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Integrated University Program (IUP) Nuclear Engineering Consortium for Nonproliferation
The mission of the U.S. Department of Energy (DOE), National Nuclear Security Administration (NNSA), Office of Defense Nuclear Nonproliferation Research and Development (DNN R&D) is to support U.S. national and nuclear security objectives in reducing global nuclear security threats through the innovation of unilateral and multi-lateral technical capabilities to detect, identify, and characterize: 1) foreign nuclear weapons programs; 2) illicit diversion of special nuclear materials; and, 3) global nuclear detonations.
The intent of this Funding Opportunity Announcement (FOA) is to award ONE or TWO five-year cooperative agreement(s) to a consortium consisting of accredited IHE’s to allow them to receive and administer funds for student and faculty research, fellowships, and scholarship funding awarded by DOE/NNSA, DNN R&D.
The cooperative agreement will be awarded to a consortium of IHEs which will include the participation of DOE National Laboratories as a consortium-member(s). Individual consortium-member IHEs shall make specific contributions and shall receive specified portions of the funding.
The consortium may include student and research fellows and must have a long-term objective of building expertise in nuclear science and engineering. Research results should be incorporated readily into IHE curricula. Students, faculty, and researchers must be able to work unencumbered while moving across organizational and bureaucratic boundaries of the academic and governmental facilities engaged in the consortium, while properly protecting critical information and materials. The consortium should establish reciprocal arrangements between the lead IHE and other IHEs as well as relationships with appropriate DOE National Laboratories.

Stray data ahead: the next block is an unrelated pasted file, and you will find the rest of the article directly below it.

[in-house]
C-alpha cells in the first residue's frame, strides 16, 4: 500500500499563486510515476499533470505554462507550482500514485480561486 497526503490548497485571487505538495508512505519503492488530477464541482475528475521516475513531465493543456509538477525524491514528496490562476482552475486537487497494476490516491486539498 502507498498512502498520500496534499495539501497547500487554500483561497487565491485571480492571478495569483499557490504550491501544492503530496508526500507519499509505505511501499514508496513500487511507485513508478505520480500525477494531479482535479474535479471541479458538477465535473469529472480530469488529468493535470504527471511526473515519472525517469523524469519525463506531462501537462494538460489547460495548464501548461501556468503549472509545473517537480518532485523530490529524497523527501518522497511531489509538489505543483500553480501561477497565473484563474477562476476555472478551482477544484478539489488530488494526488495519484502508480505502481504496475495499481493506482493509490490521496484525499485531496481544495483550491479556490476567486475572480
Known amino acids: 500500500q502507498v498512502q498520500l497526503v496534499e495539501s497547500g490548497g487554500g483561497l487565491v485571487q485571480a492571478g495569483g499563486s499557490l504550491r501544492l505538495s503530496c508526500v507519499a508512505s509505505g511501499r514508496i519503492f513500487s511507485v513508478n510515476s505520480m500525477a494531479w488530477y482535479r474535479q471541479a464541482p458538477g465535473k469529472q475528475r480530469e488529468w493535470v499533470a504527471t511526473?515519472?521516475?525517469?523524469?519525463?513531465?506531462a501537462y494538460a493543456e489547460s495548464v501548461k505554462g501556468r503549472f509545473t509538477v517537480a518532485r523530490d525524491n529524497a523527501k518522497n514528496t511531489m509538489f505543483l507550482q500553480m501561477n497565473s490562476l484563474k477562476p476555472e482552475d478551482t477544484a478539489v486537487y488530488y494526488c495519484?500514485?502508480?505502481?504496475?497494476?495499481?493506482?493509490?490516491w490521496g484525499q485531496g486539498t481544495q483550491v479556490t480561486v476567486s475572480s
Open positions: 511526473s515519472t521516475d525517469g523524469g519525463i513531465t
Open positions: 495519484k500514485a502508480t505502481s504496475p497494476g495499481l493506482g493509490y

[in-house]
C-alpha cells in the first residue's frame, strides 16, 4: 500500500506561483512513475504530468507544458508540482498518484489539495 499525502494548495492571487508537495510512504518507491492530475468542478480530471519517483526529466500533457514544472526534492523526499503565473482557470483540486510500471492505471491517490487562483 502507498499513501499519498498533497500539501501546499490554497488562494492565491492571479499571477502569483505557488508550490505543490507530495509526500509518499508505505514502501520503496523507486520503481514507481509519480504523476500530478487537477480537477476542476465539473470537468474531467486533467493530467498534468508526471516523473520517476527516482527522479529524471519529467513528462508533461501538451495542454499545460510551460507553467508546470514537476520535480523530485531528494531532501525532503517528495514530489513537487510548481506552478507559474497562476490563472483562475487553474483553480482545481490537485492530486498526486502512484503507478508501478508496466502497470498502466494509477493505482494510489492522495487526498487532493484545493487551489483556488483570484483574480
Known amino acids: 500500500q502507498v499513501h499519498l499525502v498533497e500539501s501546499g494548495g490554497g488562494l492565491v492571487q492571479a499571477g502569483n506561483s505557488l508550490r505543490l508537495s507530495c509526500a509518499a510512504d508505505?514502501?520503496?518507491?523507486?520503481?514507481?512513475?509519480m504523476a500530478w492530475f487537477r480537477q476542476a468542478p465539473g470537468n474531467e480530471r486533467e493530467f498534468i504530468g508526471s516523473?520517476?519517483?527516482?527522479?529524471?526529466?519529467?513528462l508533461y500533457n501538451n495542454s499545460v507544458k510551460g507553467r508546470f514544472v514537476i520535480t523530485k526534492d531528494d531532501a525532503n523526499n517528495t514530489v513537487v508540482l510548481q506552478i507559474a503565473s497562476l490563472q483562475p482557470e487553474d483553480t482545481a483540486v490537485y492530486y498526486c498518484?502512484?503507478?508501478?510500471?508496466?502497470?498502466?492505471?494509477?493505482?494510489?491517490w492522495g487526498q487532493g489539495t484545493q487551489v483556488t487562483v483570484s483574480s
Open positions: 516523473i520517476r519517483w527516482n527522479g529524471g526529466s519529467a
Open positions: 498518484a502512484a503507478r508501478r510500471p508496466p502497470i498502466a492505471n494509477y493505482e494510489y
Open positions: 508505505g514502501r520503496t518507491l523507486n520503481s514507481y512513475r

The direct outcome of this program is the development of professionals with skill-sets to support foundational disciplines of nuclear physics, science and engineering, radiation detection, nuclear material science, radiochemistry, and mass spectrometry. These professionals will have careers as scientists, engineers, technicians, operational personnel, and intelligence professionals, among others, and will be leaders in active in nuclear nonproliferation, nuclear arms control, nuclear incident response, nuclear intelligence activities, nuclear energy, and other nuclear-related fields. These professionals are expected to benefit academia, private industry, and several US government agencies, including Energy, State, Defense, Homeland Security, Justice, and the Intelligence Community.
Deadline: July 29, 2020
In accordance with 2 CFR 910.126(b), Competition, eligibility for award is restricted to domestic IHEs because the purpose of the IUP, as established by Section 313 of the Omnibus Appropriations Act of 2009, Public Law 111-8, is “to support university research and development.” IHEs provide a different, more fundamental, theoretical, innovative perspective on research and development than that provided by the laboratories or industry. IHEs are also the best sources for innovative, long-term ideas because of their inherent close ties to new developments in the basic sciences, their ability to construct cross-disciplinary teams, and their ability to test new concepts and ideas with theoretical and experimental rigor. Further, the support provided to IHEs will help foster a recruitment pipeline of future nuclear non-proliferation and other nuclear security professionals who will contribute significantly to the national security of the United States.
First Award: DOE/NNSA may fund $25 million under this FOA for the first award, contingent upon the availability of appropriate funds for all five years.
Second Award: If additional funds become available, the second award DOE/NNSA funds under this FOA is likely to be less than $25M, contingent upon the availability of appropriate funds for all five years.